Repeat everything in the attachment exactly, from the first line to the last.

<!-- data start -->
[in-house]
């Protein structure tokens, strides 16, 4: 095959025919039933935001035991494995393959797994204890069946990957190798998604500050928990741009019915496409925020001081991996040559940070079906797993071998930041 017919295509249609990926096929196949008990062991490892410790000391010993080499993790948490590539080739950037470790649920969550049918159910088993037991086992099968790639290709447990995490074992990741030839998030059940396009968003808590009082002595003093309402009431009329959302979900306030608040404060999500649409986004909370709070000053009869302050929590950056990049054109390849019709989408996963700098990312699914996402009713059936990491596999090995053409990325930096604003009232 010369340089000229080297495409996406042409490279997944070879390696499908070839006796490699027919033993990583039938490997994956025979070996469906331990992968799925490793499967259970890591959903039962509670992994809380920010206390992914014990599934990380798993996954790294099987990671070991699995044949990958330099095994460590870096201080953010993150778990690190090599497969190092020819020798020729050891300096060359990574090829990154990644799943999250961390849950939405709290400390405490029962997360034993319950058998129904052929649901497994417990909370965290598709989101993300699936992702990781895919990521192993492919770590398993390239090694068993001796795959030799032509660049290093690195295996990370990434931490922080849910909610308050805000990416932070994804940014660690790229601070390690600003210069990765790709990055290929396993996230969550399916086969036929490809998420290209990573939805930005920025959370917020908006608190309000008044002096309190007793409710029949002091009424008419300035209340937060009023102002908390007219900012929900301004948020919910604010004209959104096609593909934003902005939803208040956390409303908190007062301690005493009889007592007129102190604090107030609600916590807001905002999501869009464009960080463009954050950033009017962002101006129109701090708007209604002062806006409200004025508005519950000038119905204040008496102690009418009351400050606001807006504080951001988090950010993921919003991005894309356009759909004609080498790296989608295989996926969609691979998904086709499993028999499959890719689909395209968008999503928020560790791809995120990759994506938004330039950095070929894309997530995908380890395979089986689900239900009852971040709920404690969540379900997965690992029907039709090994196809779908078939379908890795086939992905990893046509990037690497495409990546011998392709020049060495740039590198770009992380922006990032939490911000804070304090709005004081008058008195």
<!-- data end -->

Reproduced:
[in-house]
């Protein structure tokens, strides 16, 4: 095959025919039933935001035991494995393959797994204890069946990957190798998604500050928990741009019915496409925020001081991996040559940070079906797993071998930041 017919295509249609990926096929196949008990062991490892410790000391010993080499993790948490590539080739950037470790649920969550049918159910088993037991086992099968790639290709447990995490074992990741030839998030059940396009968003808590009082002595003093309402009431009329959302979900306030608040404060999500649409986004909370709070000053009869302050929590950056990049054109390849019709989408996963700098990312699914996402009713059936990491596999090995053409990325930096604003009232 010369340089000229080297495409996406042409490279997944070879390696499908070839006796490699027919033993990583039938490997994956025979070996469906331990992968799925490793499967259970890591959903039962509670992994809380920010206390992914014990599934990380798993996954790294099987990671070991699995044949990958330099095994460590870096201080953010993150778990690190090599497969190092020819020798020729050891300096060359990574090829990154990644799943999250961390849950939405709290400390405490029962997360034993319950058998129904052929649901497994417990909370965290598709989101993300699936992702990781895919990521192993492919770590398993390239090694068993001796795959030799032509660049290093690195295996990370990434931490922080849910909610308050805000990416932070994804940014660690790229601070390690600003210069990765790709990055290929396993996230969550399916086969036929490809998420290209990573939805930005920025959370917020908006608190309000008044002096309190007793409710029949002091009424008419300035209340937060009023102002908390007219900012929900301004948020919910604010004209959104096609593909934003902005939803208040956390409303908190007062301690005493009889007592007129102190604090107030609600916590807001905002999501869009464009960080463009954050950033009017962002101006129109701090708007209604002062806006409200004025508005519950000038119905204040008496102690009418009351400050606001807006504080951001988090950010993921919003991005894309356009759909004609080498790296989608295989996926969609691979998904086709499993028999499959890719689909395209968008999503928020560790791809995120990759994506938004330039950095070929894309997530995908380890395979089986689900239900009852971040709920404690969540379900997965690992029907039709090994196809779908078939379908890795086939992905990893046509990037690497495409990546011998392709020049060495740039590198770009992380922006990032939490911000804070304090709005004081008058008195």